Excellent, okay, so I think it’s really important with your ad copy that it’s

 

readable, it sparks an emotion and at the end of it as you mentioned it

 

has a call to action so having those find out more, learn more about, buy

 

now, are very important because you’re basically guiding the user to click

 

on your ad and that’s really what it’s all about.

Chris:

Yeah, exactly.

Cameron:

Next.

Chris:

Now, implementing conversion tracking. Being able to actually monitor

 

which of your keywords and ad copies are triggering sales. It’s highly

 

important in ensuring that the campaign is actually delivering an ROI for

 

you. This also allows you to actually optimise the campaign further, to

 

increase those particular conversions. At the end of the day if you’re not

 

being able to see results from a particular campaign, how can you justify

 

running one?

Cameron:

100% agree. How specific would you actually put in your conversion

 

tracking?

Chris:

It really depends on what you’re trying to capture. There’s a number of

 

different ways of actually conversions. You could be tracking a particular

 

phone number that people are calling through. You could be tracking an

 

online form fill. You could be tracking a newsletter sign up. You could be

 

tracking a download of a particular brochure or PDF on the site.

Cameron:

The conversion tracking would track all of these?

Chris:

Yes, definitely and there’s a number of ways that you can implement

 

conversion tracking whether it will be through analytics, whether it will be

 

third party platform. But being able to track the majority or all of your

 

services and whatever goals you may have, is extremely important in

 

actually justifying a campaign working or not.

Cameron:

At what point… You’ve chosen your keywords, you have created the ad

 

groups, you have got your ad copy, you have launched the campaign and

 

you’ve got your conversion tracking so you’ve seen what keywords are

 

generating a conversion. At what point would you remove a keyword even

 

if you think that it’s relevant.

Chris:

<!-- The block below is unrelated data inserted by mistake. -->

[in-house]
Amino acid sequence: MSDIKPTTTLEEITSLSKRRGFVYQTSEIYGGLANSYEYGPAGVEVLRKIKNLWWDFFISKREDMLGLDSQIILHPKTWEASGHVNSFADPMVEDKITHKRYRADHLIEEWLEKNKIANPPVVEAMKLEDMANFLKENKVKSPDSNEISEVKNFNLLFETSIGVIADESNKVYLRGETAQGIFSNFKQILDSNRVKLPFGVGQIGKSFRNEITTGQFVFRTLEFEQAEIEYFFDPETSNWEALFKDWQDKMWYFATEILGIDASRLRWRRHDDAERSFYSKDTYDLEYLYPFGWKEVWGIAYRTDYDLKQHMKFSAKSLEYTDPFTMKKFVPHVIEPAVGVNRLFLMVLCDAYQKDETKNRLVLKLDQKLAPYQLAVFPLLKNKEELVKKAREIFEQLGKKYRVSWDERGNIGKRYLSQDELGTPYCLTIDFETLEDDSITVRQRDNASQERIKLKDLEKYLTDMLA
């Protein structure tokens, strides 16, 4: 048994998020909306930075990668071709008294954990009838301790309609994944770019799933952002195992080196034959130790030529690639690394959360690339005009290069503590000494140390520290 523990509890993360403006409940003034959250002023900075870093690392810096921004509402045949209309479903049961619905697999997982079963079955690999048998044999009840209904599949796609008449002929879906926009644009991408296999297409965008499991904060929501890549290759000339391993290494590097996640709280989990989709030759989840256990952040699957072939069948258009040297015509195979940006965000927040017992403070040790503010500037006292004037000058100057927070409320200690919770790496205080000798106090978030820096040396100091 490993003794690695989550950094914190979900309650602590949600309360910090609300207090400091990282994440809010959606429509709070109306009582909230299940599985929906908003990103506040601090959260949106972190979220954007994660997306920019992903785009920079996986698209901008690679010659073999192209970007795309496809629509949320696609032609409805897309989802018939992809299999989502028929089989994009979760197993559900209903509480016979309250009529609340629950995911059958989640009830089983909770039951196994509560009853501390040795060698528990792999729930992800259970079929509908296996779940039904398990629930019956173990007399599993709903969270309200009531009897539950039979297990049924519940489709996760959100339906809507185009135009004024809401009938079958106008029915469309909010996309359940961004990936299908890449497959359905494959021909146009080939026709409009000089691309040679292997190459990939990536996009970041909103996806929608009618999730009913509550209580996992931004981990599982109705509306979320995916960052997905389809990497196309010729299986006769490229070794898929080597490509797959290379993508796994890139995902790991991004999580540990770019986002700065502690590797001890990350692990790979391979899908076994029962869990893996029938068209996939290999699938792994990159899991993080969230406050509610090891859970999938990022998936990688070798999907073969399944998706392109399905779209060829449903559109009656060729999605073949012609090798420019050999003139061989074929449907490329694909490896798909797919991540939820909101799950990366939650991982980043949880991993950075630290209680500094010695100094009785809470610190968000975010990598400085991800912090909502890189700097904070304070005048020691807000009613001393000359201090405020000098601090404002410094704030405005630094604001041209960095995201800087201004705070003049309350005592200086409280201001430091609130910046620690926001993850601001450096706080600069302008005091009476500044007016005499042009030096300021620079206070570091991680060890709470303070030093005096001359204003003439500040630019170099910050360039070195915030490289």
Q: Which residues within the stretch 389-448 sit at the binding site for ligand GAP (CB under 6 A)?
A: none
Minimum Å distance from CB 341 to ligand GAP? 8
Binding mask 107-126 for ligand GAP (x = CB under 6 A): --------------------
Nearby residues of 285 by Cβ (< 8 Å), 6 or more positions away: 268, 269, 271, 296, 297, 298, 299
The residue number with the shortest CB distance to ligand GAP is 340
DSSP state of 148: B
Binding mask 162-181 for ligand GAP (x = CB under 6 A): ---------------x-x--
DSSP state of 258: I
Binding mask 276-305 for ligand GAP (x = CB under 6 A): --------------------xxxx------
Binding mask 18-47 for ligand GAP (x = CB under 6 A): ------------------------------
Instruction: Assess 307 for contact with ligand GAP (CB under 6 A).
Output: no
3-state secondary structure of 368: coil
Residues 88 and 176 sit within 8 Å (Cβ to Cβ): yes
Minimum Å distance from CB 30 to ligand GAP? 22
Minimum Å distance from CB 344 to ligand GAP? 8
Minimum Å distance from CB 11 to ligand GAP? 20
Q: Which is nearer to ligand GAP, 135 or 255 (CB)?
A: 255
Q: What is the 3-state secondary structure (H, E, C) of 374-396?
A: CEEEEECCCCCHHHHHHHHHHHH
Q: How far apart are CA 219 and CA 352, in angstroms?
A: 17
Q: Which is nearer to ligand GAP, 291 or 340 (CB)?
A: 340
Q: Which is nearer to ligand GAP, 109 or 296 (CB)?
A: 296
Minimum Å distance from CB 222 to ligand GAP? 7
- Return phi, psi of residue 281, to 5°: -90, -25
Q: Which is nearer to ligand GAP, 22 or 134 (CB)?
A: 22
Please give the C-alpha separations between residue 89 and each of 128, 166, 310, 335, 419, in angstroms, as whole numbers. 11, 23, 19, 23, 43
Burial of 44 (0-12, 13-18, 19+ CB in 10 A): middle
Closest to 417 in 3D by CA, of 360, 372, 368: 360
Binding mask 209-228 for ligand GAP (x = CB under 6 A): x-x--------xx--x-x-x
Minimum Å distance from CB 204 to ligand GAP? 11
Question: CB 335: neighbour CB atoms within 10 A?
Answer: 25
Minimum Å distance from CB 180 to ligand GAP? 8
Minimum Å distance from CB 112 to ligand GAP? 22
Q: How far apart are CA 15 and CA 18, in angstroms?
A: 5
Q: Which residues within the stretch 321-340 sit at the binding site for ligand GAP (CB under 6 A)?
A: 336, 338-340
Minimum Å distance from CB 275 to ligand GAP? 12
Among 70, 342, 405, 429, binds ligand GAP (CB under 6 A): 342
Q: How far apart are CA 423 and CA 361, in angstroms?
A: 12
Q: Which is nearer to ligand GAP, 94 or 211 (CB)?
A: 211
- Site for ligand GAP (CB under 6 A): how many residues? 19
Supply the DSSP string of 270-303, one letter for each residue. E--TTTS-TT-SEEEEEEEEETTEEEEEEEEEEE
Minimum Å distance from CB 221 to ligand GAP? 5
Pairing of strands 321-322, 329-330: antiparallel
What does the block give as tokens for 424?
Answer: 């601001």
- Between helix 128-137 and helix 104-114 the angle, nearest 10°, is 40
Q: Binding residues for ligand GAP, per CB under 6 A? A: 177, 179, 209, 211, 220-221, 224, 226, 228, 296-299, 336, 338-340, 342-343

Look, this varies from customer to customer, from situation to situation. If I

 

generally see a keyword not performing within the first four to six weeks,

 

it’s generally not going to perform so I generally try to remove it. It does

 

depend on which kind of modify or type of keyword is being presented.

 

There’s a large number of different factors that come into play here but I

 

think if you’re running a campaign with a fairly extensive keyword list and

 

you say that half of your keywords are generating traffic and generating

 

conversions, that is kind of a call to action to maybe start focusing on

 

those particular keywords and optimising to your conversions.

Cameron:

Love it. What’s the next part?

Chris:

The last and certainly not least is the monitoring, tweaking and actual

 

tasting of your campaign. Campaign is running, you’re getting

 

conversions but in order to actually run a successful campaign, it’s

 

important to consistently monitor which keywords, ad groups and

 

campaigns are achieving the actual goals that you’ve assigned to it.

 

These tests can be a number of different things. You can for example be

 

identifying which keywords is good to be done. Which ad copies are good

 

to use. That can come in too but things can come into place such as A

 

and B testing which you run different ad variations and see which ones

 

are actually working, which ones are identifying with certain keywords and

 

certain audiences.

Cameron:

Basically running an ad side by side maybe they’ve got a different

 

headline or they’ve got a different destination URL that’s visible and

 

seeing side by side what gets a better result.

Chris:

Exactly and it can also lead to things such as testing what landing pages

 

you’re using because landingpage is a considering factor when it comes

 

to a quality score and different things like that. Identifying whether or not

 

your landingpage is highly relevant to aid the ad that you’re running, the

 

keywords that you’re running, how can you possibly improve your learning

 

page to help better drive conversions. These constant tweaks testing and

 

monitoring of your campaign is what’s going to help it achieve in the long

 

run.

Cameron:

Have you got benchmarks that you use where you want your campaign to

 

get to? Like for example what metrics do you use to determine what’s

Chris:

good and what’s bad?

 

There’s a number of different things. Things such as click through rate are

 

obviously highly important …

Cameron:

What’s a good click through rate score?

Chris:

Once again, it does depend on the type of campaign that you’re actually

 

running. Anything really over say a 5% click through rate when it comes to

 

a search ad, can be considered fairly strong but we tend to aim personally

 

anything in the double digits really. What this basically means is that your

 

ad is highly relevant to a particular search term that people are searching

 

for so they are relating to it which means they’re clicking through and

 

finding basically hopefully what they’re looking for.

Cameron:

That’s really interesting and I’ve loved that you’ve those figures out

 

because I know that you aim really high for the campaigns that you’re

 

running. Google has said that a good click through rate is 2% and what